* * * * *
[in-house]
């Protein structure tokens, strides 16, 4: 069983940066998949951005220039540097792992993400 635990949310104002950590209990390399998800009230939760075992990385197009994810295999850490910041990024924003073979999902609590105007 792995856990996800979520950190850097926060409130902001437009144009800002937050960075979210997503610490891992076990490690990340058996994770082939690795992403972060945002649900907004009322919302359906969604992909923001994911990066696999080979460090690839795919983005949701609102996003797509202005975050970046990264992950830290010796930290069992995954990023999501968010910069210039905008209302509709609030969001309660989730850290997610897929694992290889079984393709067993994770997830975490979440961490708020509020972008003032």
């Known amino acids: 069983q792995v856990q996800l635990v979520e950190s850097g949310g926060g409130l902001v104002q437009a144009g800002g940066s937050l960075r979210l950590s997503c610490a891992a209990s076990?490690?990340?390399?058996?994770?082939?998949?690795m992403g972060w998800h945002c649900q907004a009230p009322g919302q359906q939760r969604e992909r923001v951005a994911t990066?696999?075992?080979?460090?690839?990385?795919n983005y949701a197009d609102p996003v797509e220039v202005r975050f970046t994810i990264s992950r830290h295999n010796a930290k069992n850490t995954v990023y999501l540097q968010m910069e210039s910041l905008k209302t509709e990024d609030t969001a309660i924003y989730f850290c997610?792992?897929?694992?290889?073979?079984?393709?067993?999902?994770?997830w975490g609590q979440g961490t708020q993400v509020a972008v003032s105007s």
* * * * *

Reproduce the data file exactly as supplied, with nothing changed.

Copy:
[in-house]
């Protein structure tokens, strides 16, 4: 069983940066998949951005220039540097792992993400 635990949310104002950590209990390399998800009230939760075992990385197009994810295999850490910041990024924003073979999902609590105007 792995856990996800979520950190850097926060409130902001437009144009800002937050960075979210997503610490891992076990490690990340058996994770082939690795992403972060945002649900907004009322919302359906969604992909923001994911990066696999080979460090690839795919983005949701609102996003797509202005975050970046990264992950830290010796930290069992995954990023999501968010910069210039905008209302509709609030969001309660989730850290997610897929694992290889079984393709067993994770997830975490979440961490708020509020972008003032």
């Known amino acids: 069983q792995v856990q996800l635990v979520e950190s850097g949310g926060g409130l902001v104002q437009a144009g800002g940066s937050l960075r979210l950590s997503c610490a891992a209990s076990?490690?990340?390399?058996?994770?082939?998949?690795m992403g972060w998800h945002c649900q907004a009230p009322g919302q359906q939760r969604e992909r923001v951005a994911t990066?696999?075992?080979?460090?690839?990385?795919n983005y949701a197009d609102p996003v797509e220039v202005r975050f970046t994810i990264s992950r830290h295999n010796a930290k069992n850490t995954v990023y999501l540097q968010m910069e210039s910041l905008k209302t509709e990024d609030t969001a309660i924003y989730f850290c997610?792992?897929?694992?290889?073979?079984?393709?067993?999902?994770?997830w975490g609590q979440g961490t708020q993400v509020a972008v003032s105007s």